by Mel Valentin
When word hit that British comedian-actor Sacha Baron Cohen and director Larry Charles were going to follow up "Borat," a mock-shock documentary that scored big with critics and even bigger with audiences three years ago, with "Brüno," a variation on the same format, but with Brüno, a flamboyantly gay Austrian fashionista (played by Cohen, of course), in the lead, anticipation ran high among Cohen’s fans and critics that he’d train the same cutting satire to homophobia and celebrity culture in the United States and elsewhere. While " Brüno’s" satire is often dead-on in its skewering of homophobic attitudes and our celebrity-obsessed culture, it’s also less consistently outrageous or funny than "Borat" was three years ago.Like Borat, Brüno isn’t a character; he's a caricature, an amalgamation of stereotypically gay traits and tics. Brüno is relentlessly shallow, none-too-bright, and culturally insensitive. He’s a libido-driven gay stereotype so extreme that only exists (or should only exist) in the fevered imaginations of rabid homophobes. Driven by a seemingly unquenchable thirst for recognition (or more accurately, notoriety), Brüno, the host of a little-watched Austrian fashion show, travels to Milan for fashion week where he attempts to debut his all-Velcro suit. It all turns out disastrously, of course. Banned from the remainder of fashion week activities, Brüno learns that his fashion show has been cancelled. Not surprisingly, his vapid lover leaves him for greener pastures. On the advice of his sycophantic assistant, Lutz (Gustaf Hammarsten), Brüno decides to give up fashion reporting and become a celebrity (i.e., someone famous for being famous). What better place to become a celebrity than the United States, right? Right.
"Not the zeitgeist flick everyone thought it was going to be."
Brüno and Lutz fly to Los Angeles where, in short order, Brüno gets an agent, gets on a network television show as an extra (and, unsurprisingly, gets quickly thrown off the set), interviews Paula Abdul in a rented LA home literally on the back of the Mexican gardeners, focus groups a talk show to, unsurprisingly, once again, disastrous results (much penis is shown to the shocked focus group attendees), decides to become famous by adopting an African infant (Chibundu and Chigozie Orukwowu), who he promptly names O.J., shows up at a Dallas talk show, child in hand, and proceeds to rapidly insult the primarily African-American audience, and when that fails, decides to go “straight” (as in “pray the gay away” straight) and engage in heterosexual activities like joining a swinger’s group for a night, joining the National Guard, hunting (in the Deep South), culminating with the unveiling of his new persona, “Straight Dave,” at a mixed-martial arts event in the reddest of red states, Alabama.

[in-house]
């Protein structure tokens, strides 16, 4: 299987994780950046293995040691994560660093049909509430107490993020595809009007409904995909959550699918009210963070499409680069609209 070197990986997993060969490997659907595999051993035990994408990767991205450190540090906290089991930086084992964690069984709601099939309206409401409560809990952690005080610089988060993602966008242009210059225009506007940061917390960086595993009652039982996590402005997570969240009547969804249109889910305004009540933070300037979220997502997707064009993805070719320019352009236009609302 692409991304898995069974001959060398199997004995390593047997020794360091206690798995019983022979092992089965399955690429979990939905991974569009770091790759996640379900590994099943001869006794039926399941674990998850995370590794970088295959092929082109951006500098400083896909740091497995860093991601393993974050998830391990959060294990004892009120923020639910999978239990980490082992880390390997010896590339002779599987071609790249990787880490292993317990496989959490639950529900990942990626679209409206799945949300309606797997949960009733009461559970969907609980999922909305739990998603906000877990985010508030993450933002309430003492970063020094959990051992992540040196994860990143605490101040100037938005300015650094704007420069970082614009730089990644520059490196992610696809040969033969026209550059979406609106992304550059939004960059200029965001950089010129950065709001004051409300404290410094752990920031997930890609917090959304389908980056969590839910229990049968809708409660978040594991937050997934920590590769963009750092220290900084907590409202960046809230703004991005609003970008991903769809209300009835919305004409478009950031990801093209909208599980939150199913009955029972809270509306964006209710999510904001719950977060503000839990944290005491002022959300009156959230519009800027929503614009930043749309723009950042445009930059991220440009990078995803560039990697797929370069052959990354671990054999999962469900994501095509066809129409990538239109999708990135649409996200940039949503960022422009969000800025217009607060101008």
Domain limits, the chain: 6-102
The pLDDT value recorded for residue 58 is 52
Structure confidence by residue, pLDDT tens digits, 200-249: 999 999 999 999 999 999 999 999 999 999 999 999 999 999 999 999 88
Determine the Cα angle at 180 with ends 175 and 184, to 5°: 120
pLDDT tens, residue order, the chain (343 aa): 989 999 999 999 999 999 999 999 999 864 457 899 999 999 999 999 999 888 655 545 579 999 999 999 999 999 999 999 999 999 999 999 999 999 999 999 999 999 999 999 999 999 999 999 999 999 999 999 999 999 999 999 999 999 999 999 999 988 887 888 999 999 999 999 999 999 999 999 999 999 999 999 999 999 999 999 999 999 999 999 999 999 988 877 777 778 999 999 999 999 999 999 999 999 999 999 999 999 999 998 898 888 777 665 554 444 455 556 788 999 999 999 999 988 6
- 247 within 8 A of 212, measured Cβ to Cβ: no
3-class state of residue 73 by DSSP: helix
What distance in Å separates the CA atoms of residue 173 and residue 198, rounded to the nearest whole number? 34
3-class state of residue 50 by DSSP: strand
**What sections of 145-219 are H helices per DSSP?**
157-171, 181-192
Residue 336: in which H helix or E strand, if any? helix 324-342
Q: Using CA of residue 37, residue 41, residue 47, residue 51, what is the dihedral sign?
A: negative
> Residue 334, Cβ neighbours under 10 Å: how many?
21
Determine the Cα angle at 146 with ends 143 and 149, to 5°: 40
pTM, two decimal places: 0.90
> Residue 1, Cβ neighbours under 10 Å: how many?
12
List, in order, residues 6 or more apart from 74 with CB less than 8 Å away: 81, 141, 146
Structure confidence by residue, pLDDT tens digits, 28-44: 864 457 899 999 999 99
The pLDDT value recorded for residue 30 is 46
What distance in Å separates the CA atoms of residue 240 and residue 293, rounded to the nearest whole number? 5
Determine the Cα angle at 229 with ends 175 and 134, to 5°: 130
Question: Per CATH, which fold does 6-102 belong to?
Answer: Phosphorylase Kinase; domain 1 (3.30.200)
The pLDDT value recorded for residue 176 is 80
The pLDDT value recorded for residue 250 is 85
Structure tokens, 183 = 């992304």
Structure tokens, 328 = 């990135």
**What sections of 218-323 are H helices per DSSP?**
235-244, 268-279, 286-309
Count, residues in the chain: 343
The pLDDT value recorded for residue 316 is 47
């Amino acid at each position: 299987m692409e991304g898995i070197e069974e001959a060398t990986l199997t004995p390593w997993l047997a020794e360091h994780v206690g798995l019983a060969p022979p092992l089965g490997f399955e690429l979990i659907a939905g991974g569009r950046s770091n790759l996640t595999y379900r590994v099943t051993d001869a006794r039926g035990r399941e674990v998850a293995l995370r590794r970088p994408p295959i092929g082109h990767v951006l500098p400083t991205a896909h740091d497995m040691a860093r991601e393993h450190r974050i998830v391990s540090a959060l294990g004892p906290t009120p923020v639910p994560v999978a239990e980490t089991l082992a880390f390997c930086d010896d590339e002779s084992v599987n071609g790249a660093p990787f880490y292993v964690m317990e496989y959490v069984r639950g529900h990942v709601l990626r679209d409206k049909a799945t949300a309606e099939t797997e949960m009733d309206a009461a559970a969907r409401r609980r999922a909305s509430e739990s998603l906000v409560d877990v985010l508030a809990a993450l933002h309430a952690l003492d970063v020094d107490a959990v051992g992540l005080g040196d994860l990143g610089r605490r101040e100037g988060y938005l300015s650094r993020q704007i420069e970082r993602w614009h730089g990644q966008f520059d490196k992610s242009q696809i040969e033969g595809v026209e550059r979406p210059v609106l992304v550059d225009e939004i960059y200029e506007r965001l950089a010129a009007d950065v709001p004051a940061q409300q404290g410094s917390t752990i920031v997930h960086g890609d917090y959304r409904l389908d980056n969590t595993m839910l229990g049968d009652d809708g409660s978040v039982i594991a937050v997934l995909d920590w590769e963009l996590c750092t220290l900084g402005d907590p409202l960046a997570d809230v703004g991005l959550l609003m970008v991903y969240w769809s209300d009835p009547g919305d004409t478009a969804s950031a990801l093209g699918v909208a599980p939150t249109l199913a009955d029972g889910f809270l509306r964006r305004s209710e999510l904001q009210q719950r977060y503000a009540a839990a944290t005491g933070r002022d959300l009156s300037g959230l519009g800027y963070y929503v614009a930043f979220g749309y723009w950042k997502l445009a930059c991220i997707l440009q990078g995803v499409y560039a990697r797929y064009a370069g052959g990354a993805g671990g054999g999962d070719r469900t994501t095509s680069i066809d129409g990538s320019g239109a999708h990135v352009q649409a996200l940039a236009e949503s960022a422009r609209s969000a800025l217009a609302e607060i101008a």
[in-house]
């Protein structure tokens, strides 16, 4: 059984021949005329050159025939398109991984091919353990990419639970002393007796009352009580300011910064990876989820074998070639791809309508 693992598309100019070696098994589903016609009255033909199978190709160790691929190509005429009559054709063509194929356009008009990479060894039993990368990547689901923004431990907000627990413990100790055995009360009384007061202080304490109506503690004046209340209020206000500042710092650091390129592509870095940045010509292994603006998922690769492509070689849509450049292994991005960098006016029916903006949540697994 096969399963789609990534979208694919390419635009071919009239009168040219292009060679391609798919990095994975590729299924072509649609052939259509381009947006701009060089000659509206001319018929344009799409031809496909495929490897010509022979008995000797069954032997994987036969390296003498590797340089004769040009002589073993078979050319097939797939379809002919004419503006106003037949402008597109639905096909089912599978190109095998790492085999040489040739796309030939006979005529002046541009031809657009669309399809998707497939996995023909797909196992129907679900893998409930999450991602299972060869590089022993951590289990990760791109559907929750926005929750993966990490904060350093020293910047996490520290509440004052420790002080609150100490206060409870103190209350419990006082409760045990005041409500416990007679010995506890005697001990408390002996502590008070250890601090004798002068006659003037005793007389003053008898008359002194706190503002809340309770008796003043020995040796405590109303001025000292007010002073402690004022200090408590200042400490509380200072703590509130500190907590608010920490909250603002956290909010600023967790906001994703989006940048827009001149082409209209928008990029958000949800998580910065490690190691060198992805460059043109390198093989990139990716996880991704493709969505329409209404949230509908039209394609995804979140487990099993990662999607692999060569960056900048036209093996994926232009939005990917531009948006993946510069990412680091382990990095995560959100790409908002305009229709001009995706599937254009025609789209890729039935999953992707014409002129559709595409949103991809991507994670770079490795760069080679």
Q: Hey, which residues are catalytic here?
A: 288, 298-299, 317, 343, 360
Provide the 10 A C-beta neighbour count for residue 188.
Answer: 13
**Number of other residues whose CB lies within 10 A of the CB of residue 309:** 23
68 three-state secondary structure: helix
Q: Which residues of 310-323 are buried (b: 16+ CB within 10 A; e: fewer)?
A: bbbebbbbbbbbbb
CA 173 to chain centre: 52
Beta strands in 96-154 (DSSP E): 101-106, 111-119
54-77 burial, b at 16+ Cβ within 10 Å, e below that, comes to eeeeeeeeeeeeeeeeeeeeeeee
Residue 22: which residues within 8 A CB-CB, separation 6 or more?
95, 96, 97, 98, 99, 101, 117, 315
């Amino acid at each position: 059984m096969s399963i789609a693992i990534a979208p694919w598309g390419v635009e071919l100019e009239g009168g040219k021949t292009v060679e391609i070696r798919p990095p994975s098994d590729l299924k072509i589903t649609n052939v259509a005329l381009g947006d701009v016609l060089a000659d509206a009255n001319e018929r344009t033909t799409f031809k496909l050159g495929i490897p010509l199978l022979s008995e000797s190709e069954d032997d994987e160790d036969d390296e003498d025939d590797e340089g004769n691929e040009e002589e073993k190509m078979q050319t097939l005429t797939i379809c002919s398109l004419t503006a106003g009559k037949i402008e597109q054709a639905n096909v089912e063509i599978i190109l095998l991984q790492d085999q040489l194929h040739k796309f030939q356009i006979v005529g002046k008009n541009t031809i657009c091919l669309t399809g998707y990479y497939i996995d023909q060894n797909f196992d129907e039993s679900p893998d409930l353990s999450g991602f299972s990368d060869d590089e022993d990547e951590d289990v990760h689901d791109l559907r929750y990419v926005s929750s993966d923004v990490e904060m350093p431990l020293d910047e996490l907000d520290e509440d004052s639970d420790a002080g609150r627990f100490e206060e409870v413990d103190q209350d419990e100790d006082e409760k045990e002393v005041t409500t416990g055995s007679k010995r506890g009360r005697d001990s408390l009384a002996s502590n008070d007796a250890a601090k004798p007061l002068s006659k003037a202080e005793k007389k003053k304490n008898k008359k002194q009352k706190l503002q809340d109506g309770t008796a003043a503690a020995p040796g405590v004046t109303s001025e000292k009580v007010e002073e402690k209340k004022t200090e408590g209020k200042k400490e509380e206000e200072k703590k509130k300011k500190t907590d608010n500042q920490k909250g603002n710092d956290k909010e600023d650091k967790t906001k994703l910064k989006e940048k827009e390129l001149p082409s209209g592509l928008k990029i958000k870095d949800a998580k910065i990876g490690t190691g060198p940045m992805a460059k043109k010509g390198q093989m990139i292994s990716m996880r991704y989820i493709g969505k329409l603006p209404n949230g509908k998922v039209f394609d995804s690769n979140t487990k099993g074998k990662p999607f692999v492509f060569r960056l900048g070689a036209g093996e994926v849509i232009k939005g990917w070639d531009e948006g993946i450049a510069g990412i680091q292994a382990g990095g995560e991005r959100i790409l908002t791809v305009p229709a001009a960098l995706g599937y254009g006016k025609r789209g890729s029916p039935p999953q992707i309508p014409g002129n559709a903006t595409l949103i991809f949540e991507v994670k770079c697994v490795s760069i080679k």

Going as far as his audience (or rather unwilling victims) allow is all part of Cohen’s shtick, regardless of what guise he’s wearing (e.g., Ali G, Borat, or Brüno). What sets Cohen apart from other shock comedians is his ability to peel back the layers of hypocrisy, prejudices, and biases in his onscreen victims to reveal the sordid ugliness underneath their seemingly “normal” (“normal” being a relative term, of course) exteriors. Cohen’s brand of comedy also makes moviegoers his willing co-conspirators, since we’re clearly asked to laugh at his victims, not with them (it’s usually well deserved). The bordering-on-violence reaction of his unwilling victims is also part of what makes Cohen’s comedic caricatures inherently watchable. Given that, it’s remarkable Cohen has managed to escape relatively unscathed from these encounters, especially given Brüno’s (and, before him, Borat’s) escalating behavior.But if "Brüno" proves anything (or maybe it doesn’t prove anything at all), it’s that shock comedy has its limits. Some moviegoers, regardless of their sexual orientation, will be offended or even repulsed by Brüno’s antics, but that’s what Cohen, his director Larry Charles (who also directed "Borat," and their producers want. On another level, however, when the aim is to offend and repulse, increasingly outrageous antics can and often do lead to rapidly diminishing returns, as it does here. "Brüno" doesn’t so much build toward some grand outrage (and accompanying message about tolerance), so much as repeat Brüno’s scattershot obnoxiousness a seemingly endless loop, with the Deep South and its backwards attitudes toward gays (well, flamboyant, cock-in-your-face gays who only exist in the fevered minds of unreconstructed homophobes) as the primary target.
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originally posted: 07/10/09 04:39:13